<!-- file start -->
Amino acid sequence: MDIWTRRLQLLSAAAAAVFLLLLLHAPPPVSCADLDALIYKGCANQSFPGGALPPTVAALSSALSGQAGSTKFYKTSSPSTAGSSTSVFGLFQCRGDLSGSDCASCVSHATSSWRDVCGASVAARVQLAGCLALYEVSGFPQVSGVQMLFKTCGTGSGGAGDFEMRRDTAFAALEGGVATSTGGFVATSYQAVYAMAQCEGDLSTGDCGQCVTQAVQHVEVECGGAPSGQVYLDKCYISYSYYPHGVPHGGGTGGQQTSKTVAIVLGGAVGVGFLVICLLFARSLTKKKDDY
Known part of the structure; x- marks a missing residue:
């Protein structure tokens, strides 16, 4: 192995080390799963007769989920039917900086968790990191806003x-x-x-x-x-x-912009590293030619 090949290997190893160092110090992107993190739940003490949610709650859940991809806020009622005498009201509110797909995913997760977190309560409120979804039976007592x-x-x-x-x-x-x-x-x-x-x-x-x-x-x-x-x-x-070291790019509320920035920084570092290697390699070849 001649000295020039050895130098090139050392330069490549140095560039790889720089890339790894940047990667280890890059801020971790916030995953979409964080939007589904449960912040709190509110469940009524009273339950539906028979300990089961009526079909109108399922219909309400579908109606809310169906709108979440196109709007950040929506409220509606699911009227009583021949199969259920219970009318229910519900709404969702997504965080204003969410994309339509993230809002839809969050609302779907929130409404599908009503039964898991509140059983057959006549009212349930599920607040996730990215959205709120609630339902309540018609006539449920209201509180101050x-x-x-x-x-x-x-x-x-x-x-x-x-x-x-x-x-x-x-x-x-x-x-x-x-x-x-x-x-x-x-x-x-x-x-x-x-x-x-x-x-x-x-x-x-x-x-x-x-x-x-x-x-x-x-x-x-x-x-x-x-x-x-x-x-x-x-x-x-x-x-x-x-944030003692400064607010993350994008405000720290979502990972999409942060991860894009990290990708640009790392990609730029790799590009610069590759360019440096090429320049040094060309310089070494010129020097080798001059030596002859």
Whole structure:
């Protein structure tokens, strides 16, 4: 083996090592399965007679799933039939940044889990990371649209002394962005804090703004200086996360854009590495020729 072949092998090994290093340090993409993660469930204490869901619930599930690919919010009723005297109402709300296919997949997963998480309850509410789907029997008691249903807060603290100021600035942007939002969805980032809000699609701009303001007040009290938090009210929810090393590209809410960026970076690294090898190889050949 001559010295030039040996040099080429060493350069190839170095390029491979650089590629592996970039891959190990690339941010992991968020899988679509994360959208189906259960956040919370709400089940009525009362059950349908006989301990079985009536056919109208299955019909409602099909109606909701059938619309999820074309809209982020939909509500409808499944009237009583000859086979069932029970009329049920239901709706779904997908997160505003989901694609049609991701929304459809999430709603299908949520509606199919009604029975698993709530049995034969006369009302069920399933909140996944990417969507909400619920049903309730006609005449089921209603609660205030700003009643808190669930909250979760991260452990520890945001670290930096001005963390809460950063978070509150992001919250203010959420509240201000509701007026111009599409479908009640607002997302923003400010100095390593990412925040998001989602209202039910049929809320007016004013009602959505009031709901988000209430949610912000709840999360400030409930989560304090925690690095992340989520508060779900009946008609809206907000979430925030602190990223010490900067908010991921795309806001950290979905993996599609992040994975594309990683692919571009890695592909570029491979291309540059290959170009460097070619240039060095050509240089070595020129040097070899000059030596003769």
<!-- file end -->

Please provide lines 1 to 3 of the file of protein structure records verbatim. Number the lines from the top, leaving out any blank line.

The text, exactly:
Amino acid sequence: MDIWTRRLQLLSAAAAAVFLLLLLHAPPPVSCADLDALIYKGCANQSFPGGALPPTVAALSSALSGQAGSTKFYKTSSPSTAGSSTSVFGLFQCRGDLSGSDCASCVSHATSSWRDVCGASVAARVQLAGCLALYEVSGFPQVSGVQMLFKTCGTGSGGAGDFEMRRDTAFAALEGGVATSTGGFVATSYQAVYAMAQCEGDLSTGDCGQCVTQAVQHVEVECGGAPSGQVYLDKCYISYSYYPHGVPHGGGTGGQQTSKTVAIVLGGAVGVGFLVICLLFARSLTKKKDDY
Known part of the structure; x- marks a missing residue:
């Protein structure tokens, strides 16, 4: 192995080390799963007769989920039917900086968790990191806003x-x-x-x-x-x-912009590293030619 090949290997190893160092110090992107993190739940003490949610709650859940991809806020009622005498009201509110797909995913997760977190309560409120979804039976007592x-x-x-x-x-x-x-x-x-x-x-x-x-x-x-x-x-x-070291790019509320920035920084570092290697390699070849 001649000295020039050895130098090139050392330069490549140095560039790889720089890339790894940047990667280890890059801020971790916030995953979409964080939007589904449960912040709190509110469940009524009273339950539906028979300990089961009526079909109108399922219909309400579908109606809310169906709108979440196109709007950040929506409220509606699911009227009583021949199969259920219970009318229910519900709404969702997504965080204003969410994309339509993230809002839809969050609302779907929130409404599908009503039964898991509140059983057959006549009212349930599920607040996730990215959205709120609630339902309540018609006539449920209201509180101050x-x-x-x-x-x-x-x-x-x-x-x-x-x-x-x-x-x-x-x-x-x-x-x-x-x-x-x-x-x-x-x-x-x-x-x-x-x-x-x-x-x-x-x-x-x-x-x-x-x-x-x-x-x-x-x-x-x-x-x-x-x-x-x-x-x-x-x-x-x-x-x-x-944030003692400064607010993350994008405000720290979502990972999409942060991860894009990290990708640009790392990609730029790799590009610069590759360019440096090429320049040094060309310089070494010129020097080798001059030596002859």